perish. Dunnere also. Others follow their example. Offa is slain
and many warriors. The fight still rages. The aged Byrhtwold
exhorts them to be the braver as they become the fewer. So does
another Godric, not he who fled. * * * *                            60

       *       *       *       *       *


In the middle of the night the writer beholds the vision of a
cross decked with gold and jewels, but soiled with blood.
Presently the cross speaks and tells how it was hewn and set up
on a mount. Almighty God ascended it to redeem mankind. It bent
not, but the nails made grievous wounds, and it was moistened
with blood. All creation wept. The corse was placed in a
sepulchre of brightest stone. The crosses were buried, but the
thanes of the Lord raised it begirt with gold and silver, and it
should receive honor from all mankind. The Lord of Glory honored
it, who arose for help to men, and shall come again with His
angels to judge each one of men. Then they will fear and know not
what to say, but no one need fear who bears in his heart the best
of beacons. The writer is ready for his journey, and directs his
prayer to the rood. His friends now dwell in glory, and the rood
of the Lord will bring him there where he may partake of joy with
the saints. The Lord redeemed us, His Son was victorious, and
with a band of spirits entered His heavenly home                    71


This translation of the ELENE was made while reading the poem with a
post-graduate student in the session of 1887-88, Zupitza's second
edition being used for the text, which does not differ materially from
that in his third edition (1888). It was completed before I received a
copy of Dr. Weymouth's translation (1888), from Zupitza's text; but in
the revision for publication I have referred to it, although I cannot
always agree with the learned scholar in his interpretation of certain
passages. Grein's text was, however, used to fill _lacunæ_, and in the
revision the recently published (1888) Grein-Wülker text was compared in
some passages. The line-for-line form has been employed, as in my
translation of BÉOWULF; for it has been approved by high authority, and
is unquestionably more serviceable to the student, even if I have not
been able to attain ideal correctness of rhythm. I plead guilty in
advance to any _lapsus_ in that respect, but I strongly suspect that I
have appreciated the difficulty more highly than my future critics. The
ELENE is more suitable than the BÉOWULF for first reading in Old English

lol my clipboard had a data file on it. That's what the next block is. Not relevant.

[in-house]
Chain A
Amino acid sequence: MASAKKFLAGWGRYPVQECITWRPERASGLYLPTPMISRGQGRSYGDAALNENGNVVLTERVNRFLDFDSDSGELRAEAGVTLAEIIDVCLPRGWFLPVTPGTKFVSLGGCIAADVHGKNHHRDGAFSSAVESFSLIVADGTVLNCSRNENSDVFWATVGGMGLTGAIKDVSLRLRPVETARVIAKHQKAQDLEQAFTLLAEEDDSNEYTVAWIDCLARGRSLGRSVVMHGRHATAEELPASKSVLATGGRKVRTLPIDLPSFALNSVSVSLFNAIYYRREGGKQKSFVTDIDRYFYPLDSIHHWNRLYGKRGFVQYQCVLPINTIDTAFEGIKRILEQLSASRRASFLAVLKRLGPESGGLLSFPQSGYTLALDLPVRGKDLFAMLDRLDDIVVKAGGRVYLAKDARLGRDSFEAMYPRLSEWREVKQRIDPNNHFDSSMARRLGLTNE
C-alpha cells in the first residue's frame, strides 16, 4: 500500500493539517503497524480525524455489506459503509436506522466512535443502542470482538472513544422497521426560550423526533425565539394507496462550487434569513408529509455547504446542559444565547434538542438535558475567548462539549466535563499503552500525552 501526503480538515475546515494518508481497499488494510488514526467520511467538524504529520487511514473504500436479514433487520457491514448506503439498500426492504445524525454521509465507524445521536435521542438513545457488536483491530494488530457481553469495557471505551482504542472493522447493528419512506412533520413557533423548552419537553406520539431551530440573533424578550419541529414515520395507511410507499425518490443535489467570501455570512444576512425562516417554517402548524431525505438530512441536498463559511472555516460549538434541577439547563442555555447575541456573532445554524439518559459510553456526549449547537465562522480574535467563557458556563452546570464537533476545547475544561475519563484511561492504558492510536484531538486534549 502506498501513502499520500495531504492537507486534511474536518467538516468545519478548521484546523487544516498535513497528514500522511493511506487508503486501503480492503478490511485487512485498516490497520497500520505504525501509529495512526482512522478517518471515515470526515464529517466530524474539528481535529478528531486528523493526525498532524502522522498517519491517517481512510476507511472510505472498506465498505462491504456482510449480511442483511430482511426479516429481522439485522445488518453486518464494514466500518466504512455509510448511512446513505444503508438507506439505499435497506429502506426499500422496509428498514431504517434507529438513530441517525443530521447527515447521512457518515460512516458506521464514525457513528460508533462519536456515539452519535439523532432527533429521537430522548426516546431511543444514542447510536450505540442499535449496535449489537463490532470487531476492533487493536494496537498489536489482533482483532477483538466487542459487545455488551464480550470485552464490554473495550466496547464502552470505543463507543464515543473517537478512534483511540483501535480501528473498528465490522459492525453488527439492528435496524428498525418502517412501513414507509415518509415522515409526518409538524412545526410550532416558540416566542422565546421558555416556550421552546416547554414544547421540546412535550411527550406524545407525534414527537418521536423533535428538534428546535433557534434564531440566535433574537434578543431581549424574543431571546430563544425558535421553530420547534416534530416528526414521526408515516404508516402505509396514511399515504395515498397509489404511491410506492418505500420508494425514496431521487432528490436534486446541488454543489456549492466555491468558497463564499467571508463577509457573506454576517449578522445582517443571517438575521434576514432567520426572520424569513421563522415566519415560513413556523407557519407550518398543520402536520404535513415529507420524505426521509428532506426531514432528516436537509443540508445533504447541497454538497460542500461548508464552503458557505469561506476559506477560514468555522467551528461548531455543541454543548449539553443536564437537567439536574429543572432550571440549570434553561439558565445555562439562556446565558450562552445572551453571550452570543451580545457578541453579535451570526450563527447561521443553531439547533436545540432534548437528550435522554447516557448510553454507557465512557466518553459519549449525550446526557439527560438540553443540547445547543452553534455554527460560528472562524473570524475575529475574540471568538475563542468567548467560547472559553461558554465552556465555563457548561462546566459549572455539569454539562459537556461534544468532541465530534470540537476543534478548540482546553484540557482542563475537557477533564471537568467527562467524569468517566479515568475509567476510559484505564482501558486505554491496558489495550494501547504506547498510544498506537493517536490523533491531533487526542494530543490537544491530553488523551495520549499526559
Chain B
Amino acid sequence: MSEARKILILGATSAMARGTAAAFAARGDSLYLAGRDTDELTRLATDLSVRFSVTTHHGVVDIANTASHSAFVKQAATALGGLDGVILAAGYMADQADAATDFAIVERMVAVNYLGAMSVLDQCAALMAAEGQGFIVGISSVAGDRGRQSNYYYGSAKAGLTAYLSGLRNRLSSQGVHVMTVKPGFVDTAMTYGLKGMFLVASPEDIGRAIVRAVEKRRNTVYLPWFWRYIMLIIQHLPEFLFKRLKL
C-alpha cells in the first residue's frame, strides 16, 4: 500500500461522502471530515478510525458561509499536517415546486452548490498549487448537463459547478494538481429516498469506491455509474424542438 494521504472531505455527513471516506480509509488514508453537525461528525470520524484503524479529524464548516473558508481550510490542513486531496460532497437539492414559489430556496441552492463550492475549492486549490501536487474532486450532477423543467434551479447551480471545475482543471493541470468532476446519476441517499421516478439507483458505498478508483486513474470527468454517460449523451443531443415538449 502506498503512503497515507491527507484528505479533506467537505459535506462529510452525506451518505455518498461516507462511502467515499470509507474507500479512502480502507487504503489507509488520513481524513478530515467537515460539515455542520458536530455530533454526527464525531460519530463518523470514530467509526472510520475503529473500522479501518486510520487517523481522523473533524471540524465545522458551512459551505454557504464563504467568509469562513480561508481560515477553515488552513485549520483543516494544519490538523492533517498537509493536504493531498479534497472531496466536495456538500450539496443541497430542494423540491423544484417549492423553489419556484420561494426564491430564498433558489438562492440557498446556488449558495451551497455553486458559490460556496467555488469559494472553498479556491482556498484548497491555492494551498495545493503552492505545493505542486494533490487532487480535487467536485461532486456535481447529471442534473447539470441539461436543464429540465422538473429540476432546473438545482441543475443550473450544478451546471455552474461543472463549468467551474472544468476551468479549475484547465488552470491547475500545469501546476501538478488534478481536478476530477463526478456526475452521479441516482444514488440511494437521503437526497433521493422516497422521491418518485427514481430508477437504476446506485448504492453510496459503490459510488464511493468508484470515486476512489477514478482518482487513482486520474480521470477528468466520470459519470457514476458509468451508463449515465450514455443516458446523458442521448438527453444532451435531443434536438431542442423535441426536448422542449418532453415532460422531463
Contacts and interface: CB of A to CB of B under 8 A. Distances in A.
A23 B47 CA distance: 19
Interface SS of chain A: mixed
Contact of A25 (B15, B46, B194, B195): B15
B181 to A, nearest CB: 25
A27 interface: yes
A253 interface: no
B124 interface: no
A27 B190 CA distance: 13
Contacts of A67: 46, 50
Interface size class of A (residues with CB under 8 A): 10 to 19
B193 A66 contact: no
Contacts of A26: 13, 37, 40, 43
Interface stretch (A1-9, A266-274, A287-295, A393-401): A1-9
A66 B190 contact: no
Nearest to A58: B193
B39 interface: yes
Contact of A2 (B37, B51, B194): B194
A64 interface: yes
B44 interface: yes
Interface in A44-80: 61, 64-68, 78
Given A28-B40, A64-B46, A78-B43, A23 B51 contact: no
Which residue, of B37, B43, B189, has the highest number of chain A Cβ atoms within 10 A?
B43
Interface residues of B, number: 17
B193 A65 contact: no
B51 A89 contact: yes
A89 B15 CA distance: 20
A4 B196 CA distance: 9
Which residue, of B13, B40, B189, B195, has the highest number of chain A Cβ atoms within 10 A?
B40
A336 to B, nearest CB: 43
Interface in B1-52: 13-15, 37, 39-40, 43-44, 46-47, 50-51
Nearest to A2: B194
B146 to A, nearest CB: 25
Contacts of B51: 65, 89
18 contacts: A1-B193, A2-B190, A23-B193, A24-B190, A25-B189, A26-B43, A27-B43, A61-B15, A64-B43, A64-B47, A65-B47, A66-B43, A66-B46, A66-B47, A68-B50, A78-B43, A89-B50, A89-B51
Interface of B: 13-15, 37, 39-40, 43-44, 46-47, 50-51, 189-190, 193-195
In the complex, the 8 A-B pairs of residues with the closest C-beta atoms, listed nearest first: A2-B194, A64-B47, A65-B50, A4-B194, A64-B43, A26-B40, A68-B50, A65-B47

poetry on account of its style and its subject, which make the
interpretation considerably easier, and I concur with Körting, in his
_Grundriss der Geschichte der Englischen Litteratur_ (p. 47, 1887): "Die
ELENE eignet sich sowohl wegen ihres anmutigen Inhaltes, als auch, weil
sie in der trefflichen Ausgabe von Zupitza leicht zugänglich ist, als
erste poetische Lectüre für Anfänger im Angelsächsischen." This
statement is now the stronger for English readers because Zupitza's text
is in course of publication, edited with introduction, notes, and
glossary by Professor Charles W. Kent, of the University of Tennessee.
I have appended a few notes which explain themselves, and have
occasionally inserted words in brackets.

The translations of the JUDITH and the BYRHTNOTH were made in regular
course of reading with undergraduate classes, the former in 1886, and
the latter in 1887, the texts in Sweet's "Anglo-Saxon Reader" being
used, and compared with those in Grein and in Körner. The text of JUDITH
is now accessible in Professor Cook's edition (1888).

The translation of the ATHELSTAN has been added from Körner's text,
compared with Grein and Wülker, and in certain passages with Thorpe and
Earle. For fuller literary information than the Introduction provides,
the reader is referred to ten Brink's "Early English Literature,"
Kennedy's translation (1883), and to Morley's "English Writers," Vol.
II. (1888).


May, 1889.


I have added to this reprint of my "Elene and other Anglo Saxon Poems" a
translation of the DREAM OF THE ROOD, which has been on hand for several
years awaiting a suitable time to see the light. A brief Introduction to
the poem has been prefixed, which, doubtless, leaves much to be desired,
but it is all that the translator now has time for, and I must refer to
the works mentioned for fuller information and discussion. With thanks
for past consideration, and the hope that this addition has made the
book more acceptable, I entrust it again to indulgent readers.


October, 1900.


I have read over carefully these translations with a view to another
reprint, which the publishers find necessary, but I have not compared
them again with the texts used. I have corrected a few typographical
errors of little importance.

For the bibliography I would refer to Brandl's _Sonderausgabe aus der
zweiten Auflage von Paul's Grundriss der germanischen Philologie_
(Strassburg, 1908), in which I find noted Holthausen's edition of the